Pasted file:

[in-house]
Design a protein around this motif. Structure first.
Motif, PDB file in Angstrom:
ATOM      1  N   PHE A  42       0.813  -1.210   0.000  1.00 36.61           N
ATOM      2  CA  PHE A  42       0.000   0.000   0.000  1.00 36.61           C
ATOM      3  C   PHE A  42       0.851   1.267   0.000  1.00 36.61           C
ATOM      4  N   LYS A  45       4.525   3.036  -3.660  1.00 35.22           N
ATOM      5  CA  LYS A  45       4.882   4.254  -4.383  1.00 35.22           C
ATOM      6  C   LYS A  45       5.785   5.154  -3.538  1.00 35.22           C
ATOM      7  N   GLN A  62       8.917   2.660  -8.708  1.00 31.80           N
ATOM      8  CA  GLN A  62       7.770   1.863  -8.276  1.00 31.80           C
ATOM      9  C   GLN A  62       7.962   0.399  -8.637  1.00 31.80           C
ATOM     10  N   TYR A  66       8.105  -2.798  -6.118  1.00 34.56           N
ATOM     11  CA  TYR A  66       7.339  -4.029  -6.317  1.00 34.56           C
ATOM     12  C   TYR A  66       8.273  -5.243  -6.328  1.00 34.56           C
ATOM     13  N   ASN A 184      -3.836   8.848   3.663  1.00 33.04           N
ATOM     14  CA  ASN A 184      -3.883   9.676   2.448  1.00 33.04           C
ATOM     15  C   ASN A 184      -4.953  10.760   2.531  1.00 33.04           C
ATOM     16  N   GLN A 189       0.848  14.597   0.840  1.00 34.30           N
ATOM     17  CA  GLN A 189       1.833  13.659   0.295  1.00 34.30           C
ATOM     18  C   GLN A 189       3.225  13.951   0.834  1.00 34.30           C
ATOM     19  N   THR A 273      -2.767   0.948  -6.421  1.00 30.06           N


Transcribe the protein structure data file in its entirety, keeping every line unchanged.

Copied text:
[in-house]
Design a protein around this motif. Structure first.
Motif, PDB file in Angstrom:
ATOM      1  N   PHE A  42       0.813  -1.210   0.000  1.00 36.61           N
ATOM      2  CA  PHE A  42       0.000   0.000   0.000  1.00 36.61           C
ATOM      3  C   PHE A  42       0.851   1.267   0.000  1.00 36.61           C
ATOM      4  N   LYS A  45       4.525   3.036  -3.660  1.00 35.22           N
ATOM      5  CA  LYS A  45       4.882   4.254  -4.383  1.00 35.22           C
ATOM      6  C   LYS A  45       5.785   5.154  -3.538  1.00 35.22           C
ATOM      7  N   GLN A  62       8.917   2.660  -8.708  1.00 31.80           N
ATOM      8  CA  GLN A  62       7.770   1.863  -8.276  1.00 31.80           C
ATOM      9  C   GLN A  62       7.962   0.399  -8.637  1.00 31.80           C
ATOM     10  N   TYR A  66       8.105  -2.798  -6.118  1.00 34.56           N
ATOM     11  CA  TYR A  66       7.339  -4.029  -6.317  1.00 34.56           C
ATOM     12  C   TYR A  66       8.273  -5.243  -6.328  1.00 34.56           C
ATOM     13  N   ASN A 184      -3.836   8.848   3.663  1.00 33.04           N
ATOM     14  CA  ASN A 184      -3.883   9.676   2.448  1.00 33.04           C
ATOM     15  C   ASN A 184      -4.953  10.760   2.531  1.00 33.04           C
ATOM     16  N   GLN A 189       0.848  14.597   0.840  1.00 34.30           N
ATOM     17  CA  GLN A 189       1.833  13.659   0.295  1.00 34.30           C
ATOM     18  C   GLN A 189       3.225  13.951   0.834  1.00 34.30           C
ATOM     19  N   THR A 273      -2.767   0.948  -6.421  1.00 30.06           N